Niccoli also said she would not have voted against the women’s right to choose with no exception, as Amedore did, and she would not have voted to extend the common core, as Amedore did, thereby giving millions of dollars to New York City charter schools. Niccoli has also accused Amedore of using his legislature title and salary to bolster his real estate career and financing his campaigns with the same money at the heart of recent corruption scandals involving former Assembly Speaker Sheldon Silver and former Senate Majority Leader Dean Skelos.
“I’m committed to ending corruption in Albany, where the state legislators are more likely to go to prison than be voted out,” said Niccoli. “I’m in support of ethics reform and proposals limitng income to $70,000 for legislators. It makes sense, ensures that legislators are making decisions based on their constituents, not on income.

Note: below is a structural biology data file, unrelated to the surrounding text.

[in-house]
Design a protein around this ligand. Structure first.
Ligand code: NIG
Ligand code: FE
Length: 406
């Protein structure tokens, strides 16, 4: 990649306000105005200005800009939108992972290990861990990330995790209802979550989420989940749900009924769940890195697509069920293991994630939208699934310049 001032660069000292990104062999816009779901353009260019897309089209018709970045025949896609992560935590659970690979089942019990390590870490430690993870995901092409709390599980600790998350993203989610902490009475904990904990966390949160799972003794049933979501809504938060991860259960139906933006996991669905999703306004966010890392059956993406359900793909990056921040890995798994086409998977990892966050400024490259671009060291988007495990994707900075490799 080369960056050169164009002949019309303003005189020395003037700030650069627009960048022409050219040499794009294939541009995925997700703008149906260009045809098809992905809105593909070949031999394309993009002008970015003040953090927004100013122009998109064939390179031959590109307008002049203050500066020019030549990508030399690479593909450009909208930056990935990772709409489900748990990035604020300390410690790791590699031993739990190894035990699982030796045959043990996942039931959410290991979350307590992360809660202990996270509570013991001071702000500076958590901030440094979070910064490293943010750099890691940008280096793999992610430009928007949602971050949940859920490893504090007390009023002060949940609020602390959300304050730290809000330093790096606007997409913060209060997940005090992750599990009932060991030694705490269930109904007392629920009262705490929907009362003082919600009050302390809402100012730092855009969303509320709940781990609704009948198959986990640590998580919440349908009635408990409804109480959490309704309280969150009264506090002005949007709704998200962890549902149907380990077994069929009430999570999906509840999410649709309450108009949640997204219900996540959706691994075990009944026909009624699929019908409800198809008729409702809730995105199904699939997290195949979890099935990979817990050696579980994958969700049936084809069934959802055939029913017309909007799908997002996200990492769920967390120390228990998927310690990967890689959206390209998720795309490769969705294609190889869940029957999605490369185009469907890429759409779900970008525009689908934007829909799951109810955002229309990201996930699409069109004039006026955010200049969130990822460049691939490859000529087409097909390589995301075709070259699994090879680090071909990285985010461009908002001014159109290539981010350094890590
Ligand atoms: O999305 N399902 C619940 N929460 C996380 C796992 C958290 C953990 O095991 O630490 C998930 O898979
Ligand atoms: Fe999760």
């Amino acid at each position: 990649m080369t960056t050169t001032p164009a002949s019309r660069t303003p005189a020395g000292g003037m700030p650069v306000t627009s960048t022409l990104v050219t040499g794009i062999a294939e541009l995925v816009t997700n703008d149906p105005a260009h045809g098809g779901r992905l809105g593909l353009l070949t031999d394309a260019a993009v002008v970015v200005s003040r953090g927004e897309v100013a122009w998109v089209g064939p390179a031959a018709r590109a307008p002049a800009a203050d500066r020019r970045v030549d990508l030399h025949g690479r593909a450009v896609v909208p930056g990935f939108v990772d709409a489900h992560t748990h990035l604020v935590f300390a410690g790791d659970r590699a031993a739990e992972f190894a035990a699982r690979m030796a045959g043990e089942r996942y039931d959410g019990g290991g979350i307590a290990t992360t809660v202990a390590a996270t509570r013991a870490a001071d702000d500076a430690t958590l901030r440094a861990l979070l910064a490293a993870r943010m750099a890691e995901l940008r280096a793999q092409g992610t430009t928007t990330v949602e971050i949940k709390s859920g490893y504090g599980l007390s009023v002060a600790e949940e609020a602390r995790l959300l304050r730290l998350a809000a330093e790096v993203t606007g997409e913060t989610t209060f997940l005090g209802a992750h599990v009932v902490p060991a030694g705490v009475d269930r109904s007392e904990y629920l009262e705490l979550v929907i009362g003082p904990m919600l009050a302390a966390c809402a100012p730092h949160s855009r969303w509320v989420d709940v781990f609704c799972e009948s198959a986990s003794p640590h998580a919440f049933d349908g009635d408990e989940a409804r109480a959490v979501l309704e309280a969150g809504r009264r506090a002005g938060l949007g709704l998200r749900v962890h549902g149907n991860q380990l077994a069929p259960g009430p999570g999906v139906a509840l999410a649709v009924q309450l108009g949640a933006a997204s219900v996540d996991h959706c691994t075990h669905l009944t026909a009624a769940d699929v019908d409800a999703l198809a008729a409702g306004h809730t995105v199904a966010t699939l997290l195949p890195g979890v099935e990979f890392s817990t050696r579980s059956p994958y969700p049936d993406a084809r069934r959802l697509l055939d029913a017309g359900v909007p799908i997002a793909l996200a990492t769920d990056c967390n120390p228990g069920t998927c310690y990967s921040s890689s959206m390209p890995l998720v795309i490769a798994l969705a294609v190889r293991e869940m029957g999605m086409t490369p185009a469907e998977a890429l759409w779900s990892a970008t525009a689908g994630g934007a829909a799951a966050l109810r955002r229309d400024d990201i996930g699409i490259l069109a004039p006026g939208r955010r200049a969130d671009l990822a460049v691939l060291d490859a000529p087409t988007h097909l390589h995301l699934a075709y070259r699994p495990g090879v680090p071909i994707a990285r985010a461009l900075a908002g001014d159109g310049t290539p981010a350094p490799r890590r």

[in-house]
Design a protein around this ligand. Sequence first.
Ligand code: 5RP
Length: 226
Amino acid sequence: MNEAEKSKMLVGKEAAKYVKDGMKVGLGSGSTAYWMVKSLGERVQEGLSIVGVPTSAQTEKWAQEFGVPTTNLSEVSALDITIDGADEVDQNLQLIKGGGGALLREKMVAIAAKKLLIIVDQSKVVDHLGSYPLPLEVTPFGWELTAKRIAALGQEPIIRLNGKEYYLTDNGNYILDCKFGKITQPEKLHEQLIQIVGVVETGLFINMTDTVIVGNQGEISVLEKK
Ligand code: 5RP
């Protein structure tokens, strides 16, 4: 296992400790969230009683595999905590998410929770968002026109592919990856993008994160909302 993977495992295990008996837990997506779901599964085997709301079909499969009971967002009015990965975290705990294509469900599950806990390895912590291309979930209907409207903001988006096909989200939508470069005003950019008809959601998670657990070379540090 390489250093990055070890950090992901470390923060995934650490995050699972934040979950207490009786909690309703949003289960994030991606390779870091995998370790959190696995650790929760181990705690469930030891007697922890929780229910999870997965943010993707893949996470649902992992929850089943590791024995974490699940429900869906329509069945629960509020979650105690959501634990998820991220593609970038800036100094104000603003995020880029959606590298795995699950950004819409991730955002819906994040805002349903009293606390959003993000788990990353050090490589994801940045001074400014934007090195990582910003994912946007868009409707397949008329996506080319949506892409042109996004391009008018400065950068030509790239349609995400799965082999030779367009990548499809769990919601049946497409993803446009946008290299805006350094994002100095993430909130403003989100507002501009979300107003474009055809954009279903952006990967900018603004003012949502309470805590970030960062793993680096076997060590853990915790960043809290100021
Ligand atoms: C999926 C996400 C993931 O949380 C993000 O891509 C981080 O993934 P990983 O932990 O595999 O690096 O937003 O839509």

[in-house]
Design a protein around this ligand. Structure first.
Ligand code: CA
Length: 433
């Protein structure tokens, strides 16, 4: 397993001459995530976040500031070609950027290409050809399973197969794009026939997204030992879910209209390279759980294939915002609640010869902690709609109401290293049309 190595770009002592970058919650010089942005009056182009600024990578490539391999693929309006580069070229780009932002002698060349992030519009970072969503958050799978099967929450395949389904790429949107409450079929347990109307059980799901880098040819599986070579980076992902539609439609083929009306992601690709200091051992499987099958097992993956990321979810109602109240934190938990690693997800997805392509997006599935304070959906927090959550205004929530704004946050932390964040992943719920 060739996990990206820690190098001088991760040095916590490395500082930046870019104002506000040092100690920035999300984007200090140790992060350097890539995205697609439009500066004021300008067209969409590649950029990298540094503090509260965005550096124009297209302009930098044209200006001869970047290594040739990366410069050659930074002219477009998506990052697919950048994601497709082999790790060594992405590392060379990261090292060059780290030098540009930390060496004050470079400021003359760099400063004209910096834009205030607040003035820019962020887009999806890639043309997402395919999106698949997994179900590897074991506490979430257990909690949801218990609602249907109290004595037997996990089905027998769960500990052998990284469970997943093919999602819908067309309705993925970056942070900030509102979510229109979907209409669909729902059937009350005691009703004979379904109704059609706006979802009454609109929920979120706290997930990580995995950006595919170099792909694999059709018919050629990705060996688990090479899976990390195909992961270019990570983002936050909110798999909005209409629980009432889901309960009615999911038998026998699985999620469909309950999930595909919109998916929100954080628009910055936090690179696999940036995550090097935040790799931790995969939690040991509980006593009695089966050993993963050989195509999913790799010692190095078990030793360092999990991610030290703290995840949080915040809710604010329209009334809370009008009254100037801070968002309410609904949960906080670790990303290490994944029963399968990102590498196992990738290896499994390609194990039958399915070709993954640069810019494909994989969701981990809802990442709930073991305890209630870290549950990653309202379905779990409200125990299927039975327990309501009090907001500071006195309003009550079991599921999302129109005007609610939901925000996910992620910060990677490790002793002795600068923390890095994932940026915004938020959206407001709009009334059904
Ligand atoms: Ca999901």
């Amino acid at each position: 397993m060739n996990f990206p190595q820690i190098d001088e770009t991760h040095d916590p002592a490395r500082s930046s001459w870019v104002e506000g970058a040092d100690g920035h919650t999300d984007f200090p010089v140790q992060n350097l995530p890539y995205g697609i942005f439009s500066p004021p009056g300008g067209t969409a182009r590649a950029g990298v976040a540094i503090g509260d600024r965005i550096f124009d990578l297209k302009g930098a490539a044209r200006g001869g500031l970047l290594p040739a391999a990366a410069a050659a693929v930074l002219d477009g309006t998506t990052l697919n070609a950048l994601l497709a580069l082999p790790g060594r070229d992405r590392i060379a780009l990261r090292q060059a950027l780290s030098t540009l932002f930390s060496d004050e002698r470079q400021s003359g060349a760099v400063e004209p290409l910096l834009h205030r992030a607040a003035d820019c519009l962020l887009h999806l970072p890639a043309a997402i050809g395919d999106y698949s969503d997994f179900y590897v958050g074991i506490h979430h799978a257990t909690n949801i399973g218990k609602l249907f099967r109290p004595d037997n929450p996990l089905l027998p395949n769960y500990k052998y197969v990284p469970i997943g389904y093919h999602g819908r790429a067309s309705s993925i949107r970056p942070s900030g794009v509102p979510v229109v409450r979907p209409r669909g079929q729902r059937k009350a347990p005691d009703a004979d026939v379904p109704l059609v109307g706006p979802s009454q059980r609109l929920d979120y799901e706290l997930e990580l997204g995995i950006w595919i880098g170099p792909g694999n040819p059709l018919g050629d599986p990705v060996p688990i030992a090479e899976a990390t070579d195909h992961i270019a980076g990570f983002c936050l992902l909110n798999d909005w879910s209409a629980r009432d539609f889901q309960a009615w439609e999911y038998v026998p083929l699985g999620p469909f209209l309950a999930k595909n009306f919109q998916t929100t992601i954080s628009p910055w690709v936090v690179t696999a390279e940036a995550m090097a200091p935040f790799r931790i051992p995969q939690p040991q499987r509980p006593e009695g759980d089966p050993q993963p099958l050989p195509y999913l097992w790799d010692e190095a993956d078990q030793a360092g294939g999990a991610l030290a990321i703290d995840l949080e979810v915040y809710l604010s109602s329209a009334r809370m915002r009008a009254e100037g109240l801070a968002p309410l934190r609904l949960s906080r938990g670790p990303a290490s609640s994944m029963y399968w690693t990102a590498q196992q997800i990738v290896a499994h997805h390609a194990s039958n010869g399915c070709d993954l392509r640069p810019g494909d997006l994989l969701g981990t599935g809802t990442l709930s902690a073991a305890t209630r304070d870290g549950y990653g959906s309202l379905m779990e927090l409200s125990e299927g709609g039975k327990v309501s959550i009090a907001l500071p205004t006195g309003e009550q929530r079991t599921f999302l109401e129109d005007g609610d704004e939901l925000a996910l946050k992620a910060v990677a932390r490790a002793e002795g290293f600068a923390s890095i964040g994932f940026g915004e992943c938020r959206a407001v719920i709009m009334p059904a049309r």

“It’s about education, relieving property tax burden, creating good jobs with benefits which come when we make sure that the economic development subsidies, which New York gives to businesses every year to the tune of $9 billion, and making sure they are truly creating new jobs long term jobs and hiring local workers right now. We don’t have enough penalties and requirements for business to actually fulfill obligations to create jobs.”
To learn more about Niccoli and her views or to learn more on Sen. Amedore, visit sarakniccoli.nationbuilder.com or nysenate.gov/senators.